Four high-profile AFL players joined approximately 30,000 people in Sunday’s Pride March – an annual event that celebrates the LGBTI (lesbian, gay, bisexual, transgender and intersex) community. Carlton’s Brock McLean and Richmond’s Daniel Jackson took part in the march in 2013 and have voiced their support for the cause again this year.
McLean and Jackson were joined by St Kilda players Jarryn Geary and Sam Gilbert at Sunday’s Pride March – they’re rivals on the footy field, but were united while marching shoulder to shoulder down Fitzroy Street in St Kilda.
The players marched alongside Jason Ball, a gay footballer who plays for Yarra Glen and has become a spokesperson and role model within the gay community.
Ball was one of the driving forces behind AFL Players’ successful IDAHO (International Day Against Homophobia) campaign last year. Many of the game’s stars – including Jobe Watson, Lenny Hayes, Jarrad Waite, Drew Petrie and Leigh Montagna – took the pledge to never use homophobic language again and to challenge those who do. The campaign reached more than 1.2 million Twitter accounts and almost one million people via Facebook.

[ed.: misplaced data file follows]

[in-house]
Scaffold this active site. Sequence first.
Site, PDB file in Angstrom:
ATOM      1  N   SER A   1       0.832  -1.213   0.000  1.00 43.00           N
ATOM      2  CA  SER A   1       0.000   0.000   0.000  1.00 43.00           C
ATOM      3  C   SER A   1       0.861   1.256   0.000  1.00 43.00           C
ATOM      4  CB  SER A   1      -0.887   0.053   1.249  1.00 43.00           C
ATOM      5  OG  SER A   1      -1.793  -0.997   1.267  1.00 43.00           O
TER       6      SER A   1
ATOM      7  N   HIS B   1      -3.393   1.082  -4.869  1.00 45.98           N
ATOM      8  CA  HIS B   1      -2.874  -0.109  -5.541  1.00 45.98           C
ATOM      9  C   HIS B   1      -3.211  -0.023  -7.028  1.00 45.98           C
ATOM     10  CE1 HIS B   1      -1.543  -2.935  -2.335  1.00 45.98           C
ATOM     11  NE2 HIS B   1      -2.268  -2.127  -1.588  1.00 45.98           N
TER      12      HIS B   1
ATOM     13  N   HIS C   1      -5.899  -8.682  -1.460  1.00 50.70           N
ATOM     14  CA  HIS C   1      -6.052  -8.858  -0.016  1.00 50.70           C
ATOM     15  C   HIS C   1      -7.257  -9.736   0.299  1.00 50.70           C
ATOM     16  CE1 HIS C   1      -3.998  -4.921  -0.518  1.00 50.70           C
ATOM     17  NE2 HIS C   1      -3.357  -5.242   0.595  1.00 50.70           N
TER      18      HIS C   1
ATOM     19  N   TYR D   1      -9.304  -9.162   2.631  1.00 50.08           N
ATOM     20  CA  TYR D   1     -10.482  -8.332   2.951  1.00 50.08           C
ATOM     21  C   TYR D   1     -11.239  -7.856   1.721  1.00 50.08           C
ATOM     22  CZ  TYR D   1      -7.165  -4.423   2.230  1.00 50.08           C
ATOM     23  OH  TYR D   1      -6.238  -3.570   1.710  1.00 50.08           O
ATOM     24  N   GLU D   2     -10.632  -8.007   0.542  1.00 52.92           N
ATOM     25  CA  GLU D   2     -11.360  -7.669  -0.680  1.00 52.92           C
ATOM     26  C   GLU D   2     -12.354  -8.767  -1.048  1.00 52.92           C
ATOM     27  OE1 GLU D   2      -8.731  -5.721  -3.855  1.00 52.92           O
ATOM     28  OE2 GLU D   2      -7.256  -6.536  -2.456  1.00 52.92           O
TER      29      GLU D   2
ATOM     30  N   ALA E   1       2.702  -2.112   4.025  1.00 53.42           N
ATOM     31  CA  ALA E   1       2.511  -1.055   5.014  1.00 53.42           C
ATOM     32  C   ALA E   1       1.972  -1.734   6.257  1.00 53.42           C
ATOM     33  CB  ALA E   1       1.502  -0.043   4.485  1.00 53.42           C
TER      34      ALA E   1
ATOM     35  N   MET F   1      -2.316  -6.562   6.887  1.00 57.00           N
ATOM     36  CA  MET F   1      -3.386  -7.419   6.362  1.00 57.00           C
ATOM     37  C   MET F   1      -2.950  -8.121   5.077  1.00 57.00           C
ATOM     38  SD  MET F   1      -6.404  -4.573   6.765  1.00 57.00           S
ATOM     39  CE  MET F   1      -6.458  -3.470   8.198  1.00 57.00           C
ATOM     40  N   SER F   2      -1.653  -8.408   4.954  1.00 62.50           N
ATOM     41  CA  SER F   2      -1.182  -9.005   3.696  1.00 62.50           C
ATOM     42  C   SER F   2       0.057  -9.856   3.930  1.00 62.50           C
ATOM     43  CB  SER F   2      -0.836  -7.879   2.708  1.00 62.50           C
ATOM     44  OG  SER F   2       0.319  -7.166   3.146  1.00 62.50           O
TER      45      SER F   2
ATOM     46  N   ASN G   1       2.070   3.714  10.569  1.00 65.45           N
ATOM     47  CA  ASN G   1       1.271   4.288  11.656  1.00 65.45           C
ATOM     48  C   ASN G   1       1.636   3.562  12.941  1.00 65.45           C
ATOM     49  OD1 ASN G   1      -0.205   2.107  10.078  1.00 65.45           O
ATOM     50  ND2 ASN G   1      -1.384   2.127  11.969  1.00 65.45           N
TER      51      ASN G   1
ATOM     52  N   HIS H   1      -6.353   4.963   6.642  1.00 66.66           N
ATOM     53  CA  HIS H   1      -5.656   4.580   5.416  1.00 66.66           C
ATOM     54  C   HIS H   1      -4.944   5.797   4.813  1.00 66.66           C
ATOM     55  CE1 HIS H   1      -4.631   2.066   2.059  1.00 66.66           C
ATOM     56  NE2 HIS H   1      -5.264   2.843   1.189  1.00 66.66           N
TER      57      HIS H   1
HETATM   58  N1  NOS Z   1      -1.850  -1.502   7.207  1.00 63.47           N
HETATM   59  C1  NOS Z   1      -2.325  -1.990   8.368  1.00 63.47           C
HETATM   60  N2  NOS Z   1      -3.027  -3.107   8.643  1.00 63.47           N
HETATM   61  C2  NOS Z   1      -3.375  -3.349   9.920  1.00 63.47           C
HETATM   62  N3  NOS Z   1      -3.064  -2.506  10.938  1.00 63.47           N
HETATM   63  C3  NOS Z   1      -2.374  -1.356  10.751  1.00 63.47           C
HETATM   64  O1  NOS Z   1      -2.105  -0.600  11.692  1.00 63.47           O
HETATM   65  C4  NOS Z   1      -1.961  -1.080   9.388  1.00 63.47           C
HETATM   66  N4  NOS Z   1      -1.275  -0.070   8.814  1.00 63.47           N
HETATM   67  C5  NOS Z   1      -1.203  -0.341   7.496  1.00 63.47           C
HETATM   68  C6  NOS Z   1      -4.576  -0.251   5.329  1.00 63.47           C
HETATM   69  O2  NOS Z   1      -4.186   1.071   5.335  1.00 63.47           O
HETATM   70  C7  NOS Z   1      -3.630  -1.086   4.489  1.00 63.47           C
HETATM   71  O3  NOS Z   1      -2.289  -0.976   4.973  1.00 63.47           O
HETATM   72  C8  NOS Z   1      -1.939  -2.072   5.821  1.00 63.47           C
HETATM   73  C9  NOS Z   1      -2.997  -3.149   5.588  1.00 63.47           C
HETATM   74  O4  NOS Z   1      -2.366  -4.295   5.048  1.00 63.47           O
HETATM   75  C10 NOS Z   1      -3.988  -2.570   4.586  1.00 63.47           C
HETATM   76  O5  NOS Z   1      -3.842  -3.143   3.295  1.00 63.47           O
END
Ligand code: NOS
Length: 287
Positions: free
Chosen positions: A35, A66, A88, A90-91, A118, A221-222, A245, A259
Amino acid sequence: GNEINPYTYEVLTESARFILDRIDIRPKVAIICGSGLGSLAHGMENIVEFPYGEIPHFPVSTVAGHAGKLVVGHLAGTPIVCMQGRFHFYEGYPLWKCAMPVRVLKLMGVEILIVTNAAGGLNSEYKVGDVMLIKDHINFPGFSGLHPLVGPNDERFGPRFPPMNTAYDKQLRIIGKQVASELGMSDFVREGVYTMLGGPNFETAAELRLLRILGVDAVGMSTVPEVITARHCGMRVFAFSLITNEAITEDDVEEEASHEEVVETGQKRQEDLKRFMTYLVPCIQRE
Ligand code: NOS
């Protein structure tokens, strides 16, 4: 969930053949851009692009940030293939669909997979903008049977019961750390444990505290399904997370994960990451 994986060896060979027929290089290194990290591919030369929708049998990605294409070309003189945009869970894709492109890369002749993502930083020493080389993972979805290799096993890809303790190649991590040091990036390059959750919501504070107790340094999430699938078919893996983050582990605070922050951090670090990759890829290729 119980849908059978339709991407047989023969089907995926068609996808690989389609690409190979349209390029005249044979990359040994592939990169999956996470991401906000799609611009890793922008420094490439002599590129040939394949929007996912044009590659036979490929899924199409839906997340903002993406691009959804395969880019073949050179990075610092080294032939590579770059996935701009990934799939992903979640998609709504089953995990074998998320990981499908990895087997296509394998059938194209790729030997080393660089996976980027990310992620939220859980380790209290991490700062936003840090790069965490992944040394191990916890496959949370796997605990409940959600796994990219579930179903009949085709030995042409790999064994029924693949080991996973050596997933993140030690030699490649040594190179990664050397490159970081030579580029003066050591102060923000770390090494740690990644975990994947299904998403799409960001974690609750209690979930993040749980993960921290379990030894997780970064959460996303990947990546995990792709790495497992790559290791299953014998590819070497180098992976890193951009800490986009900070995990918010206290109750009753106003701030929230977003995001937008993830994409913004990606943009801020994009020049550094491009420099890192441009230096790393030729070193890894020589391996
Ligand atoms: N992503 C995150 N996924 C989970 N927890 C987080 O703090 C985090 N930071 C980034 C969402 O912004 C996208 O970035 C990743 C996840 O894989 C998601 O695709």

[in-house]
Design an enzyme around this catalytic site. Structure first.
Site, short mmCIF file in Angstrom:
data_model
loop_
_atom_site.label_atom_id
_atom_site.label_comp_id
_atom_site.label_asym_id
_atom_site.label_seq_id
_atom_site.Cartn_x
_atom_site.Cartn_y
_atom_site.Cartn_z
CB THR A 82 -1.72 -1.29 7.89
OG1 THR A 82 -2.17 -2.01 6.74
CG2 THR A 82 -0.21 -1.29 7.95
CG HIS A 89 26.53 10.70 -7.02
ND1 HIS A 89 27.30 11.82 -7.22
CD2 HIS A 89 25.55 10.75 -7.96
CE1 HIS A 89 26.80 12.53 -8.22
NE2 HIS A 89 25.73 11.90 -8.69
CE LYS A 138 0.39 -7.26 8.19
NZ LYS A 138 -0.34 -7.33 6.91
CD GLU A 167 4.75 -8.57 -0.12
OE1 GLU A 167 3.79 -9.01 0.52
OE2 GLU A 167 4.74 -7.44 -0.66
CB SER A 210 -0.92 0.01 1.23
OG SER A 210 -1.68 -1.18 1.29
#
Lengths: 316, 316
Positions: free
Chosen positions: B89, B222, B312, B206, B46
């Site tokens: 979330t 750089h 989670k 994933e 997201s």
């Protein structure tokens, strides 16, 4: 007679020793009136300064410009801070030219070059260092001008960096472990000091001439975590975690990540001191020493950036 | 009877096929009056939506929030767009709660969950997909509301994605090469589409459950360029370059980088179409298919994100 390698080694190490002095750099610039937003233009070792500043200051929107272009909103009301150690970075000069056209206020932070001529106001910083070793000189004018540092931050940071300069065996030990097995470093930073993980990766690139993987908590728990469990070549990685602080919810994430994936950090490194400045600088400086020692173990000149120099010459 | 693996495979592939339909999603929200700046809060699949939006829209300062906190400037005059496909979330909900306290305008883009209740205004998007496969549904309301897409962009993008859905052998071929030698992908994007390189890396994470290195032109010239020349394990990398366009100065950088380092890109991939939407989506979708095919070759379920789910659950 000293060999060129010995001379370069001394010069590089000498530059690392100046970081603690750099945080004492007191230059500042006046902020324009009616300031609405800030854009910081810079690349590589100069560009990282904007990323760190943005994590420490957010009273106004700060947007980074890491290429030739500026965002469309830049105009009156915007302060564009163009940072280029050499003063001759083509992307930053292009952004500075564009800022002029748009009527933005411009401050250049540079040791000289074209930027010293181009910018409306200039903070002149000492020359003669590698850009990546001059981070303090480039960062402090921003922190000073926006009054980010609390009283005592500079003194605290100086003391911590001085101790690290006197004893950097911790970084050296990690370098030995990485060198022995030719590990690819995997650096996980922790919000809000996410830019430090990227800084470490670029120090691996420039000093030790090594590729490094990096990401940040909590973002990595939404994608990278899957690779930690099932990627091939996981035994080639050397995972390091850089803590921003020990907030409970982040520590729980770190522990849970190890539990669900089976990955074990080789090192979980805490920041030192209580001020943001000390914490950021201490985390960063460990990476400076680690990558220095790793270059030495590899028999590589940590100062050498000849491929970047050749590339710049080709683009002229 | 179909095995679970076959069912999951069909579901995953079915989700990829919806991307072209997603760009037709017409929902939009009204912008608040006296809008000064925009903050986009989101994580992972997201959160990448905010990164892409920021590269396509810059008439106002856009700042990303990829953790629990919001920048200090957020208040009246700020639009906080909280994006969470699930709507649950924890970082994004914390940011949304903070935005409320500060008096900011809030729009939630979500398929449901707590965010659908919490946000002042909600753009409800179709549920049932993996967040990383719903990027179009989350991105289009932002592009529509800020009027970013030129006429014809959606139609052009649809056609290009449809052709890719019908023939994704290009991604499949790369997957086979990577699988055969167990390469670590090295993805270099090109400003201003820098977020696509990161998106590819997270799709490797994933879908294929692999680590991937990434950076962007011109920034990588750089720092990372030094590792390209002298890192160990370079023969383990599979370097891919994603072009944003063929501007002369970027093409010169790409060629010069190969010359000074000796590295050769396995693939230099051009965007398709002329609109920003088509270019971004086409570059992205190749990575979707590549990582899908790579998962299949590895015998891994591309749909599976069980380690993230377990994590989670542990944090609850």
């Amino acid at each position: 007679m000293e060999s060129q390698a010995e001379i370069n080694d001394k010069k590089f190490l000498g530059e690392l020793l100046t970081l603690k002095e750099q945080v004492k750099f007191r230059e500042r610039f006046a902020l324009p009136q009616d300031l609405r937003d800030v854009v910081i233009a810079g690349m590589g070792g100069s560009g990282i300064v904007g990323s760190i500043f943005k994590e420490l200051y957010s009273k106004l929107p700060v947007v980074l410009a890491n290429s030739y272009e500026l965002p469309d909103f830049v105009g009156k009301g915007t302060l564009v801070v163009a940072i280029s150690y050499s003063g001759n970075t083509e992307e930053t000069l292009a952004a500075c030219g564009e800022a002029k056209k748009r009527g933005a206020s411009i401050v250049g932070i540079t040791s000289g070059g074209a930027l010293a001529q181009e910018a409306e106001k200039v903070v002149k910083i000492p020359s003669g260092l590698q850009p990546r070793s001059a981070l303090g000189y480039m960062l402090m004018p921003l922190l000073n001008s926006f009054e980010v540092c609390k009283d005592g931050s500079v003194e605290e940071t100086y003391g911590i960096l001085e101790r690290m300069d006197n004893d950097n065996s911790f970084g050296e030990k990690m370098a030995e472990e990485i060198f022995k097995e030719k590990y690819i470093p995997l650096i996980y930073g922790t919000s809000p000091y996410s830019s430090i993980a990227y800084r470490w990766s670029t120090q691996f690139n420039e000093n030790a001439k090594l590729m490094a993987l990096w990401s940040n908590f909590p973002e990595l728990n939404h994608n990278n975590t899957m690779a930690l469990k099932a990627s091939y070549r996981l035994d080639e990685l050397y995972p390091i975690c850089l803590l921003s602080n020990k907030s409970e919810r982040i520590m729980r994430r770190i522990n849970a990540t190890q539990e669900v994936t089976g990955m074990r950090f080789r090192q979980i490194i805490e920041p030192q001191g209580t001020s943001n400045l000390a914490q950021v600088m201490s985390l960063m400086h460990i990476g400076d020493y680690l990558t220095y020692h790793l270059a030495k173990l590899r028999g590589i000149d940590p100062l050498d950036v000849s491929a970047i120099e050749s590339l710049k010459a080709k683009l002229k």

That momentum influenced the footy landscape in ways we’d never seen before. Jason Ball appeared as a guest on AFL 360 – alongside AFL Players’ Association CEO Matt Finnis – which prompted an emotive response from host Mark Robinson in the next day’s Herald Sun.
“This bloke had been subjected to homophobic slurs, being called a poof, and a faggot, and, yes, a homo for who knows how long, and I didn’t have a problem with it,” Robinson wrote.
“When Ball sat next to me in the ad break and offered a handshake, I was embarrassed. To the point of being ashamed.”
The change in Robinson’s mentality reflected a shift in perception from many within the wider football community.
Robinson’s piece was not an end-point but, like Sunday’s march, another step towards equality and inclusiveness within AFL and the wider football community.
IDAHO is still a few months away (May 17) but the AFL Players’ Association is again looking forward to being involved, to continue to enforce the notion that there is no place in the game – or in society generally – for prejudice. It’s a message players like Brock McLean, Daniel Jackson, Jarryn Geary and Sam Gilbert are proud to be spruiking.